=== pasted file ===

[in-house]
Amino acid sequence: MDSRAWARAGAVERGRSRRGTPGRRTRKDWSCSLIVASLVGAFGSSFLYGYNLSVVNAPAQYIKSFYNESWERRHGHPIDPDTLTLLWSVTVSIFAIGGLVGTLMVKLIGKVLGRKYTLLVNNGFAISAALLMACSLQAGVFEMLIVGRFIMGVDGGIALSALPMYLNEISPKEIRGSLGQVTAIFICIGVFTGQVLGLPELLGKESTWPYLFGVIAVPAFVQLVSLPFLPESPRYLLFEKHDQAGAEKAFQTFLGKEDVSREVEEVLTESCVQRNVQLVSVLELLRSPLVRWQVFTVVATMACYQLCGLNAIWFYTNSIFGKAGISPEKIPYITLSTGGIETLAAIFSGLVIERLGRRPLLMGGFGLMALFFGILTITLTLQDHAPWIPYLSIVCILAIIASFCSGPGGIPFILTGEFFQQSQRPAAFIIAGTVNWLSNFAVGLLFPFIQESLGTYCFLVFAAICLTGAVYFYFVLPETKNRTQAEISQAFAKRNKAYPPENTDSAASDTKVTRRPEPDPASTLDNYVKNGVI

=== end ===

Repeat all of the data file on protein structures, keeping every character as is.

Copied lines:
[in-house]
Amino acid sequence: MDSRAWARAGAVERGRSRRGTPGRRTRKDWSCSLIVASLVGAFGSSFLYGYNLSVVNAPAQYIKSFYNESWERRHGHPIDPDTLTLLWSVTVSIFAIGGLVGTLMVKLIGKVLGRKYTLLVNNGFAISAALLMACSLQAGVFEMLIVGRFIMGVDGGIALSALPMYLNEISPKEIRGSLGQVTAIFICIGVFTGQVLGLPELLGKESTWPYLFGVIAVPAFVQLVSLPFLPESPRYLLFEKHDQAGAEKAFQTFLGKEDVSREVEEVLTESCVQRNVQLVSVLELLRSPLVRWQVFTVVATMACYQLCGLNAIWFYTNSIFGKAGISPEKIPYITLSTGGIETLAAIFSGLVIERLGRRPLLMGGFGLMALFFGILTITLTLQDHAPWIPYLSIVCILAIIASFCSGPGGIPFILTGEFFQQSQRPAAFIIAGTVNWLSNFAVGLLFPFIQESLGTYCFLVFAAICLTGAVYFYFVLPETKNRTQAEISQAFAKRNKAYPPENTDSAASDTKVTRRPEPDPASTLDNYVKNGVI